Effectively she was mapping individual touch points a customer has along the interaction journey with our company. Each touch point had 2 components, importance and satisfaction (or delivery) and was measured on a scale from [-5, +5]. Dividing the journey into logical components like “information gathering”, “consultation”, “requirements and needs”, “finding the right vendor”, ” finding the right solution”, “establishing a relationship”, “designing a system”, and so on allows to have different owners and clear subject matter experts.
That’s good to define the touch points from a service or solution provider. But to get the real user experience you need to see it wearing the customer shoes.
Marc Fonteijn provides a great example:
|“Building a customer journey implies the observation of the user experience and the representation of that experience through its touch points.
The example shown here is a rough sketch used for the construction of a customer journey map (in this case the map is referred to a simplified train ride). The starting point is the identification of the touch points as the elements of the service interface that establish the relation between the user and the organization. The touchpoints can be physical, virtual or human. The user experience is obtained by connecting the different touch points in a sequence.”
The idea going forward is to measure the customer experience. First as it is now and as such creating a baseline. Now that doesn’t help much without a goal.
What is our ambition? In this instance it is to create context to a brand promise and to ensure we live up to it.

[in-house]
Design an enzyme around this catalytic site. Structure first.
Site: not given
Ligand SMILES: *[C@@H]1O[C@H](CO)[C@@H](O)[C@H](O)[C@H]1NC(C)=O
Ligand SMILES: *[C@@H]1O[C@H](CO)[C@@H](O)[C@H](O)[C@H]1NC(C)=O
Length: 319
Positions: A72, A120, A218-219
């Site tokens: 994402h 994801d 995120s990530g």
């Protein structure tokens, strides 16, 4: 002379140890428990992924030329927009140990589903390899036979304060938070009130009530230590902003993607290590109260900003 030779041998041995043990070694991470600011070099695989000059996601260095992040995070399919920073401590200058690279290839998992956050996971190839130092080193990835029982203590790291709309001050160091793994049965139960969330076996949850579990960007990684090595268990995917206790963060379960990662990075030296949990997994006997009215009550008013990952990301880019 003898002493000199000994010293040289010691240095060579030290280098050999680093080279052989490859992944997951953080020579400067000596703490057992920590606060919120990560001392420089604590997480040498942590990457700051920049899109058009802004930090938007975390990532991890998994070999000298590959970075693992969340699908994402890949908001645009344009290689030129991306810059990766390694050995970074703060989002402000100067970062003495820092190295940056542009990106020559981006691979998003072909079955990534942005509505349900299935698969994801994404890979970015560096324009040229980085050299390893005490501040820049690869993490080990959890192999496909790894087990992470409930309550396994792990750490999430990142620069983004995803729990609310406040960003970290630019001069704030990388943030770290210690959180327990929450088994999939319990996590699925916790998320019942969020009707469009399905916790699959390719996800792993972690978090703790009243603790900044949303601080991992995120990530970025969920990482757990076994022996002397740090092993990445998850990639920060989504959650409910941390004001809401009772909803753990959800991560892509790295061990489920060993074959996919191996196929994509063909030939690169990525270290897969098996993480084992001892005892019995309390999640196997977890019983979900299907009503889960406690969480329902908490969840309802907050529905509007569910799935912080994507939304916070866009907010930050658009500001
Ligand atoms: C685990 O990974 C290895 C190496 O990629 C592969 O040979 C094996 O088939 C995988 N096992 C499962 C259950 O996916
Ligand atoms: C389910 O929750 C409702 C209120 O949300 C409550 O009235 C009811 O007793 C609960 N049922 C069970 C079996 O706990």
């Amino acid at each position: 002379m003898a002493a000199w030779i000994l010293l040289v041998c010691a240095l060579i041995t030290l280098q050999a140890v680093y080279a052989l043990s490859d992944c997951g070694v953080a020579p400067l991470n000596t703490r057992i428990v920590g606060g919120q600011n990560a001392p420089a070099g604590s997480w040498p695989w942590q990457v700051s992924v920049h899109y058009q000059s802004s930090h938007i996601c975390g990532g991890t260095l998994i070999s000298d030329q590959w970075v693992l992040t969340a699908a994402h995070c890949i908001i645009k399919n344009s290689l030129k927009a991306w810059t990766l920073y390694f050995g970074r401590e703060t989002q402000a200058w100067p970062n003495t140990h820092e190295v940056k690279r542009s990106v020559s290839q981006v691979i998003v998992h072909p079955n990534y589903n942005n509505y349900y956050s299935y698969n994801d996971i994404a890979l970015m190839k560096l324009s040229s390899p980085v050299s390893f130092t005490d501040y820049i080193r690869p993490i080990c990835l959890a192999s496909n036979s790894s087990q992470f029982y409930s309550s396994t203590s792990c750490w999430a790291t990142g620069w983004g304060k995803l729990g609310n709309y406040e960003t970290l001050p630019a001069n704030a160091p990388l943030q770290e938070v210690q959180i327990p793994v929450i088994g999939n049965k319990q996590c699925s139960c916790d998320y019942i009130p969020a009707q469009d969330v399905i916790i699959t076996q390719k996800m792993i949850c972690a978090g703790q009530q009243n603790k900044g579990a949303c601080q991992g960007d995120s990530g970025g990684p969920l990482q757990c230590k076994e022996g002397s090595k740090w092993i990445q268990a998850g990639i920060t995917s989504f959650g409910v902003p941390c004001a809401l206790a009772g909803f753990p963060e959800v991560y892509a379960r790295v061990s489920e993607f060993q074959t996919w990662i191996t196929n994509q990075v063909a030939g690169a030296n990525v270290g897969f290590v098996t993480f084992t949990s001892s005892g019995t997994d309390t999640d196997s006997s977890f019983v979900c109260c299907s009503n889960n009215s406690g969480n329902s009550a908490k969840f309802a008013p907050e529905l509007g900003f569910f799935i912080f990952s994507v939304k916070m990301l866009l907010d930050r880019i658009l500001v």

In our case the baseline will provide us with core information where we meet our own target and where we fall short. Those touch points need addressing. The importance metrics will help us to prioritise where the satisfaction metric doesn’t meet the customer’s expectation. Here is an other example by Tyler Tate:
Just to get it right:
- our brand promise sets the ambition = that is what we would like the user experience to be. It needs to be defined on touch point level.
- the importance metric brings the touch point in categories to help prioritise. The touch point importance is seen from the customer!
- the satisfaction metric tells us how the user experience each touch point. The first measure builds the baseline.
- regular measures ensure our actions are hitting the mark.
A complete example can be found here. It is done by Adaptive Path.
A word of caution: Kano’s model predicts that today’s customer’s delight is tomorrow taken for granted. In other words the user experience needs to be kept current. And dependent on the volatility of the respected market the frequency has to match.